To make your own food you will need a five-gallon bucket and a food processor. The key to this recipe is pulsing everything by itself in small batches and then dump it in the 5-gallon bucket for a final mix at the end. You will also need to add liquid to process the food. You can use tank water or just RO water. Start by pulsing the vegetables. Followed by the shrimp, Salmon, Tuna, mussels, and squid. The longer you leave it in the food processor, the smaller the pieces will get. So, if you have big fish, I recommend to only do a few pulses. Pulse/process everything except Fish eggs, krill, shrimp larvae, copepods and dry ingredients because these are not put in the food processor. Add the Aquavitro’s Fuel or any other liquids at this point along with any other ingredient. You will mix them into the 5-gallon bucket after. If you’re making a bulk quantity of food then a drill with a mixing attachment will be your best friend. I have used a clean small boat paddle to mix it but it was very tiring and time consuming. For smaller quantities any spatula will do. One 5-gallon bucket of food will yield around 100-120 4x6 zip lock bags. Spent around $300. Once the mix is complete, I place the food in ice cube trays or bags and freeze. You can pop them out of the freezer tray into a Ziplock bag if you so desire or leave them in the freezer trays.

Ingredient Estimates:
  • Shrimp - 5lbs
  • Salmon - 3lbs
  • Tuna - 2lbs
  • Krill - 2lbs
  • Fish Roe - 1lb
  • Scallops - 2lbs
  • Shrimp Larvae - 3lbs
  • Wild copepods - ½ lb
  • Mussels - 2lbs
  • Squid - 2lbs
  • ME Coral Food Enhancer - 16oz
  • ME Coral Polyp Extender - 32oz
  • ME Coral Coral food dry powder - 200gm
  • Two Little Fishies Calan-eeze - 60gm
  • Boyd VitaChem - 32oz
  • Coral Frenzy smallest pellet - 8oz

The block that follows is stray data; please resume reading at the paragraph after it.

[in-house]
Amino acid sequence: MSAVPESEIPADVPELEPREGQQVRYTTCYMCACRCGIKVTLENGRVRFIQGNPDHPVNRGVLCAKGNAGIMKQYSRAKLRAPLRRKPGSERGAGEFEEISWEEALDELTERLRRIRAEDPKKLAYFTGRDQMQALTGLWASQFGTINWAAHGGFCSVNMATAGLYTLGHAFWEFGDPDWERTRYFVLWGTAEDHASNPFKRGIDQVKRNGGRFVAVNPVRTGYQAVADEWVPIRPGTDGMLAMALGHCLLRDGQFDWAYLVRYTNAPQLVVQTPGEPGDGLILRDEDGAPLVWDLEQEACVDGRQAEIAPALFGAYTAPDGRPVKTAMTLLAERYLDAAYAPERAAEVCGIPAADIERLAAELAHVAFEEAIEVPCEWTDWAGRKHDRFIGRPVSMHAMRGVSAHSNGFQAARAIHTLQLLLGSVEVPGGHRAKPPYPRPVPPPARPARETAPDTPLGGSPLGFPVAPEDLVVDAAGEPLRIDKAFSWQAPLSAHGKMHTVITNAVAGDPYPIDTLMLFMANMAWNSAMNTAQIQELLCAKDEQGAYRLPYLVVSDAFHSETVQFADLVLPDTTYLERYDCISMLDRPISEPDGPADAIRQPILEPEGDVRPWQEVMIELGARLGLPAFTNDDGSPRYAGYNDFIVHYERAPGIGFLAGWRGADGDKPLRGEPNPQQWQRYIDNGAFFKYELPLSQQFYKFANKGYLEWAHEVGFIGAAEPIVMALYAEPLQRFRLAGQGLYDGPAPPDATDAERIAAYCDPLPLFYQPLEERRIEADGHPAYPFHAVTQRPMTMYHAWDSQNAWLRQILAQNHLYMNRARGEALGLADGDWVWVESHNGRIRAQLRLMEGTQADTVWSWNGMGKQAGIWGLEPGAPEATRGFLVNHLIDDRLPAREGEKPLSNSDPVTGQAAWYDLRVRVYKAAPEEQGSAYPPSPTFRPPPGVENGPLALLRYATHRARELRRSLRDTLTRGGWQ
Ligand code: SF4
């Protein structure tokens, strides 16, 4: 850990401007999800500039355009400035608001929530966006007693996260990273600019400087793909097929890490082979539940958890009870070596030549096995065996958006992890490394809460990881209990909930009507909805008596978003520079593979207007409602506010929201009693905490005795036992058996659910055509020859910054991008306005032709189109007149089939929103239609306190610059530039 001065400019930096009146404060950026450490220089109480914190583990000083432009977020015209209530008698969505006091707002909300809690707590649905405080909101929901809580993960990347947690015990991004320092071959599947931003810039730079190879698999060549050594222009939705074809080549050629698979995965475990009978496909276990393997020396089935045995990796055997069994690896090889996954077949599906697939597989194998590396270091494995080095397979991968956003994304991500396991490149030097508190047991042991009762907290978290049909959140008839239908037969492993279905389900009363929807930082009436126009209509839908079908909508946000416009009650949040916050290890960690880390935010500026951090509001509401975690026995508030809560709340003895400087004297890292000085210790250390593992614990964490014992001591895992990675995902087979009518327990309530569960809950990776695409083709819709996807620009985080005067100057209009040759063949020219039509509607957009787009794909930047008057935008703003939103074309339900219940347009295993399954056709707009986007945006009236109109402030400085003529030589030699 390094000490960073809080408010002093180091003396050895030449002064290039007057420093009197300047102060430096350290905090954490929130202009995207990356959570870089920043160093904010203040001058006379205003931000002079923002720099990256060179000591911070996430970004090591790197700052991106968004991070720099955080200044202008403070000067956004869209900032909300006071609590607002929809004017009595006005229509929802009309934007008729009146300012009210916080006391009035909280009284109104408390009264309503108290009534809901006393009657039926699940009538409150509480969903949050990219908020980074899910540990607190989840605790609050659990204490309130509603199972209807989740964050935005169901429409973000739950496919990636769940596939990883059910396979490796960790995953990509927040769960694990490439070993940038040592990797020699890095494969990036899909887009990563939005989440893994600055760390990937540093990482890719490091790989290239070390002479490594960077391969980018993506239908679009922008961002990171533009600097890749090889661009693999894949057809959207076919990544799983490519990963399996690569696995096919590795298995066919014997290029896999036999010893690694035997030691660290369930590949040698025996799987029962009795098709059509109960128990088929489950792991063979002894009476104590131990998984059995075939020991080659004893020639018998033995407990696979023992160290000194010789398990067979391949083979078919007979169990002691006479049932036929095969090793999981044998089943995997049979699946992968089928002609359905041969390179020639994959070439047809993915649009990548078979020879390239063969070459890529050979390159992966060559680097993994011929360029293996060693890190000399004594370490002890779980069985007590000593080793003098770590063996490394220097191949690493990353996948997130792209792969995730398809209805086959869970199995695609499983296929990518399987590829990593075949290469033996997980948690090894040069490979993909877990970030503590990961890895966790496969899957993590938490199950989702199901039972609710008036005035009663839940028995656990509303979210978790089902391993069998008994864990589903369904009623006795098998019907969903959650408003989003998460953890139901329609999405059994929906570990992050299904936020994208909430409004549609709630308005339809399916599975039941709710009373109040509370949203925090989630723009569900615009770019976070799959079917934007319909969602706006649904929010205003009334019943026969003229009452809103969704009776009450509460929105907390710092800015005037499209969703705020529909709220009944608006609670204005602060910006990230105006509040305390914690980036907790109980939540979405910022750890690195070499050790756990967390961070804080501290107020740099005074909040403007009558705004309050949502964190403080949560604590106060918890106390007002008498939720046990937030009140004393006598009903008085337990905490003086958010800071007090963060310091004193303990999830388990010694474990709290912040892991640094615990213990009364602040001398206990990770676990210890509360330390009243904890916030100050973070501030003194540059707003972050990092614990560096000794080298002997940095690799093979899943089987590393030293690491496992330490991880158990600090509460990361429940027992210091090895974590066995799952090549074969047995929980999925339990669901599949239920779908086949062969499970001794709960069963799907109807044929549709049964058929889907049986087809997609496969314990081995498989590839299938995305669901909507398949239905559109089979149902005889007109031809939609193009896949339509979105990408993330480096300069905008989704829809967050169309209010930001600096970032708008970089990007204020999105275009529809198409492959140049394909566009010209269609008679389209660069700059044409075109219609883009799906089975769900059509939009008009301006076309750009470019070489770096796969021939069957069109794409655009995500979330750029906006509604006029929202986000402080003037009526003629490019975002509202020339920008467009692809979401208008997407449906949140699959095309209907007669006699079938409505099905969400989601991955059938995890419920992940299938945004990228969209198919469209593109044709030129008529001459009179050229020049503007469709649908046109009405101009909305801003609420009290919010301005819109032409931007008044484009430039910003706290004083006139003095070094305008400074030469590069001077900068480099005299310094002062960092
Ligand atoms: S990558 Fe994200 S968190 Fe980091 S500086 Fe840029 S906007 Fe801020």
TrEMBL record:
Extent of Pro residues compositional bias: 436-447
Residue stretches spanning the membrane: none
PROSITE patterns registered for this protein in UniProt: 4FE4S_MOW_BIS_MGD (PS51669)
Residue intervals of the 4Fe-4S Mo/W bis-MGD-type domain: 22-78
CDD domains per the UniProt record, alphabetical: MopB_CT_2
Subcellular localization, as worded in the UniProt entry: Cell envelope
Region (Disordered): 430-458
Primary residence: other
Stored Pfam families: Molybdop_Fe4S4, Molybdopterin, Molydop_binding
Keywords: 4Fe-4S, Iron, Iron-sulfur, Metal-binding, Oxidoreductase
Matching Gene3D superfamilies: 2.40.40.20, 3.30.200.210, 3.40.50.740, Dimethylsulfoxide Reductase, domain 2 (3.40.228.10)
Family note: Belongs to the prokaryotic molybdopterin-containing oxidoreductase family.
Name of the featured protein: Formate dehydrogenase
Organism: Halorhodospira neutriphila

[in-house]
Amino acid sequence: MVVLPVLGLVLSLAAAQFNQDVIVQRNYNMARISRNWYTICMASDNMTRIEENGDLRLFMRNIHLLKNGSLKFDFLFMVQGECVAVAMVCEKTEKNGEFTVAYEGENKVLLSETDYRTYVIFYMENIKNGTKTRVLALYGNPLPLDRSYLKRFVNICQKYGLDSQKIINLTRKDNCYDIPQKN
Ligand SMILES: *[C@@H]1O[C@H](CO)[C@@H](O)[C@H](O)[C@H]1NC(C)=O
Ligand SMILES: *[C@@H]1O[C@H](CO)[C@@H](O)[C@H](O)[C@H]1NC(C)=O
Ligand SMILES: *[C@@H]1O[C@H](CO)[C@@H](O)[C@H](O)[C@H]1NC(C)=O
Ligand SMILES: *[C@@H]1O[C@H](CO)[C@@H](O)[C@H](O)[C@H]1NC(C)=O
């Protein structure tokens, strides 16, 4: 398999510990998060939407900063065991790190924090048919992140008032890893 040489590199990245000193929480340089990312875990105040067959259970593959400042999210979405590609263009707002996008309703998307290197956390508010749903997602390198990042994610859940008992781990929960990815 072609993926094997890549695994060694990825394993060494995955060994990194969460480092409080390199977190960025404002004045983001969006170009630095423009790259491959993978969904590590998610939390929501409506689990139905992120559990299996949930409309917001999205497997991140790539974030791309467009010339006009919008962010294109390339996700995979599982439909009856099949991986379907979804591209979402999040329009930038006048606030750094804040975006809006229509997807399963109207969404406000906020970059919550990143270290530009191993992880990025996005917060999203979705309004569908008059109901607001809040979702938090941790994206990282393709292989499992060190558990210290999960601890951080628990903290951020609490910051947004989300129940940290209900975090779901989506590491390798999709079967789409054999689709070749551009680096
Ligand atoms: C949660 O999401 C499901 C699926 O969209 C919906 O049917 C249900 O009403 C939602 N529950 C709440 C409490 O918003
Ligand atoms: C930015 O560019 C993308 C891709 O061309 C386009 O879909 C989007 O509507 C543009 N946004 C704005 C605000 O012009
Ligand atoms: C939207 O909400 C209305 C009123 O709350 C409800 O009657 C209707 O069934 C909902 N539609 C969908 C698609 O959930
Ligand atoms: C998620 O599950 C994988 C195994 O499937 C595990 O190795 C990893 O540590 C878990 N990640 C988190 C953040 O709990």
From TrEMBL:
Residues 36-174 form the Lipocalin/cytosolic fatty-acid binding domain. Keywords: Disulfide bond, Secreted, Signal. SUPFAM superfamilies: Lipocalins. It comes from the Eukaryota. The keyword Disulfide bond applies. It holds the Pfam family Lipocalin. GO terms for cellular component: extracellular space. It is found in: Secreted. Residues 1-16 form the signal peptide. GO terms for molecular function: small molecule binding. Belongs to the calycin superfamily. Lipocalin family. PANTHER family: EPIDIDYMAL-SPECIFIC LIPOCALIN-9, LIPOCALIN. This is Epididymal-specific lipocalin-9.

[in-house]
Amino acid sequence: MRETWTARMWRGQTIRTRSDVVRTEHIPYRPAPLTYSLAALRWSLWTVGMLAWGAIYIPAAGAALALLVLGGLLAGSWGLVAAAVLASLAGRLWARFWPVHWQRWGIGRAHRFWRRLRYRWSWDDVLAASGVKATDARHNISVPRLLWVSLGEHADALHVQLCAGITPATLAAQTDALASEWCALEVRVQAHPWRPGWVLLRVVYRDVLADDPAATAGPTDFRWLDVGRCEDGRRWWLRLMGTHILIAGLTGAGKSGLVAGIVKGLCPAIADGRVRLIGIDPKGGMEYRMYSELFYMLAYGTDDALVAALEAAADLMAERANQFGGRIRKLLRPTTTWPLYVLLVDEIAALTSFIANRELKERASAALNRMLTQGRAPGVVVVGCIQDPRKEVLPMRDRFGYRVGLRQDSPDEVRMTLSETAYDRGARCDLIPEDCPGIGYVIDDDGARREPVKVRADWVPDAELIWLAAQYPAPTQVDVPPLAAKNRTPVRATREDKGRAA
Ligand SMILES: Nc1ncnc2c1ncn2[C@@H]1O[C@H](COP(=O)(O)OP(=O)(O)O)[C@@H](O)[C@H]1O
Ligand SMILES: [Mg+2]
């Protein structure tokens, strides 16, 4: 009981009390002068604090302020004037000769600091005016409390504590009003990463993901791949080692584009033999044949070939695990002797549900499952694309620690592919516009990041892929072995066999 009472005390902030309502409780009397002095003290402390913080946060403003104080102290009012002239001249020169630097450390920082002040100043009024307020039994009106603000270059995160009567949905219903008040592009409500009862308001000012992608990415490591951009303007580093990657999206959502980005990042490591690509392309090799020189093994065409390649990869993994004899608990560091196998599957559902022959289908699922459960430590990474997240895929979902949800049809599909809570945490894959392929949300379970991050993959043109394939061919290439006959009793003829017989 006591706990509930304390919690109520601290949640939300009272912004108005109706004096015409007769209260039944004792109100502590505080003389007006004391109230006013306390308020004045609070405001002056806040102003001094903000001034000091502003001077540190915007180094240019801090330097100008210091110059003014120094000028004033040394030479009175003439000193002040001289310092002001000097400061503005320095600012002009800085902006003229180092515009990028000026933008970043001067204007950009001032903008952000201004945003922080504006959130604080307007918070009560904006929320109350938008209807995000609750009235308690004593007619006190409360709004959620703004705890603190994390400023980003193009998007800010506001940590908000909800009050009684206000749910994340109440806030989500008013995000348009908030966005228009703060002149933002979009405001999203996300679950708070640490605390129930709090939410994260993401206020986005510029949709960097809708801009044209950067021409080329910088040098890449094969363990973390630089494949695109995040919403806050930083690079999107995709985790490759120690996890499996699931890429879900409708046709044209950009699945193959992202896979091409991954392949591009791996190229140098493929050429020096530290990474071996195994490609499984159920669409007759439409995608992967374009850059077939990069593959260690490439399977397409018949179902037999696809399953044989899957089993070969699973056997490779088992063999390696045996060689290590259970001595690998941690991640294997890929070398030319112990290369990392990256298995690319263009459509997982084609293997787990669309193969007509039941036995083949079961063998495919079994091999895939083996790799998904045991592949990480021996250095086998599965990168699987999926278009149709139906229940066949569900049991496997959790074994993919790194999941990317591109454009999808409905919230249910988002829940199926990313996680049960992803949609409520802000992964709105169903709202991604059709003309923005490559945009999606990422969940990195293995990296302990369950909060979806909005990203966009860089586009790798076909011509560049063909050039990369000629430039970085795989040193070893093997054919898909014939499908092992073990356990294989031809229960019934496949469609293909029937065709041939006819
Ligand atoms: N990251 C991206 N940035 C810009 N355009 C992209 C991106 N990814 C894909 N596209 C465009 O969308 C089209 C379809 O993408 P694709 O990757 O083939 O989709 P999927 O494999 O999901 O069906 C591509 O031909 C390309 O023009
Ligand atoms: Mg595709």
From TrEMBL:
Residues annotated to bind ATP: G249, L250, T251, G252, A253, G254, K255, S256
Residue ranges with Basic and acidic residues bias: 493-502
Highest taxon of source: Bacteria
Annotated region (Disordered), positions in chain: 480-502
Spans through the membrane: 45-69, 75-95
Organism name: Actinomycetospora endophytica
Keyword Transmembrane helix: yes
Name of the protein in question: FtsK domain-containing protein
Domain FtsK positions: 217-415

• Coral Frenzy Powder - 8oz
  • Spirulina Powder - 6oz
  • Probiotic Bacteria - 4oz
  • Spinach - 1 bag
  • Broccoli - 1 bag
I feed my food once a day usually in the morning when the lights turn on before I go to work. The portion of the food depends on whether I have it in a zip lock bag or the size of the ice tray cube I freeze the food in. For the zip lock I use a 2x2 square, mini ice cubes 4 cubes or regular cube 1 cube for 5 tanks around 500g of total water. I put it in 1 cup of tank water to thaw it out and then pour it next to the power head of each individual tank to broadcast feed and let the feeding frenzy begin!






I caught these in sargassum algae that was floating around.



These are from a shrimp farm in the Florida keys.

Shrimp Larvae.jpg







dry food.jpg


cf powder.jpg



polyp extender.jpg




Once everything is in the bucket mix away.

food enhancer.jpg


3 different methods I use to store and freeze the food.


1 larger cube is enough for 1 or 2 feedings depends on how much live stock you have. I have 1 tank and 6 frag tanks pretty full. Most of the times I thaw out 2 or 3 cubes and feed the whole week. Make sure you cover the container so you don’t stink up your fridge. I also remove the food from the trays and place in a zip lock for ease of use.







Thawed food you can see all the different kinds of


Let me know of any questions you have regarding the food or share your experiences making your own.
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Pros: Excellent. thank you very much. I will try to make my food
Cons: none
your experience is important. thanks for sharing
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Reactions: Salt Saint
Pros: Great instructions along with reasons why certain foods are used.
Cons: None
Easy read with great in depth information and instructions. I may even try to make my own but will probably have less ingrediants! This stuff can only be good since I know what his corals look like. Thank you.
Pros: Detailed explanation with pictures, very informative and user friendly!
As a newcomer to reefing I think creating fun "diets" is one of the joys of this hobby. This article has great information and I really appreciate the info!